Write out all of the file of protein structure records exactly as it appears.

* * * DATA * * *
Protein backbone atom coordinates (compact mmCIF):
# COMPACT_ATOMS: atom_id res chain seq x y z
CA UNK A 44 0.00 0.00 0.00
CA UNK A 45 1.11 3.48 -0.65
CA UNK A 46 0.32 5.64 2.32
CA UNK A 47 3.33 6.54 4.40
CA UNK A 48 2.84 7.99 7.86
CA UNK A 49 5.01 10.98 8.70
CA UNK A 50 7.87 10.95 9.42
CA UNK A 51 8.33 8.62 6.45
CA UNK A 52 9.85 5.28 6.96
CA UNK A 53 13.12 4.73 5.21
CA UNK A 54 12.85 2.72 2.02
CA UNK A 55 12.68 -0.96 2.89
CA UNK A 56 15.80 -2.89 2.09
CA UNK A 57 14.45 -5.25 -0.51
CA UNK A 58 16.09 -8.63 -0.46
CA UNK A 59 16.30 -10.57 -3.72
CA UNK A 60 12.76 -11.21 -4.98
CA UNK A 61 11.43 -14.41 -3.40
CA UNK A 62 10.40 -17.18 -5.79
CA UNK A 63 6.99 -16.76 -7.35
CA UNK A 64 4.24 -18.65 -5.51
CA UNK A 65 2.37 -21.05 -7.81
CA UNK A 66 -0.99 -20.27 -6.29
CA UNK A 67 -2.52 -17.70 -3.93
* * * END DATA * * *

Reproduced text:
Protein backbone atom coordinates (compact mmCIF):
# COMPACT_ATOMS: atom_id res chain seq x y z
CA UNK A 44 0.00 0.00 0.00
CA UNK A 45 1.11 3.48 -0.65
CA UNK A 46 0.32 5.64 2.32
CA UNK A 47 3.33 6.54 4.40
CA UNK A 48 2.84 7.99 7.86
CA UNK A 49 5.01 10.98 8.70
CA UNK A 50 7.87 10.95 9.42
CA UNK A 51 8.33 8.62 6.45
CA UNK A 52 9.85 5.28 6.96
CA UNK A 53 13.12 4.73 5.21
CA UNK A 54 12.85 2.72 2.02
CA UNK A 55 12.68 -0.96 2.89
CA UNK A 56 15.80 -2.89 2.09
CA UNK A 57 14.45 -5.25 -0.51
CA UNK A 58 16.09 -8.63 -0.46
CA UNK A 59 16.30 -10.57 -3.72
CA UNK A 60 12.76 -11.21 -4.98
CA UNK A 61 11.43 -14.41 -3.40
CA UNK A 62 10.40 -17.18 -5.79
CA UNK A 63 6.99 -16.76 -7.35
CA UNK A 64 4.24 -18.65 -5.51
CA UNK A 65 2.37 -21.05 -7.81
CA UNK A 66 -0.99 -20.27 -6.29
CA UNK A 67 -2.52 -17.70 -3.93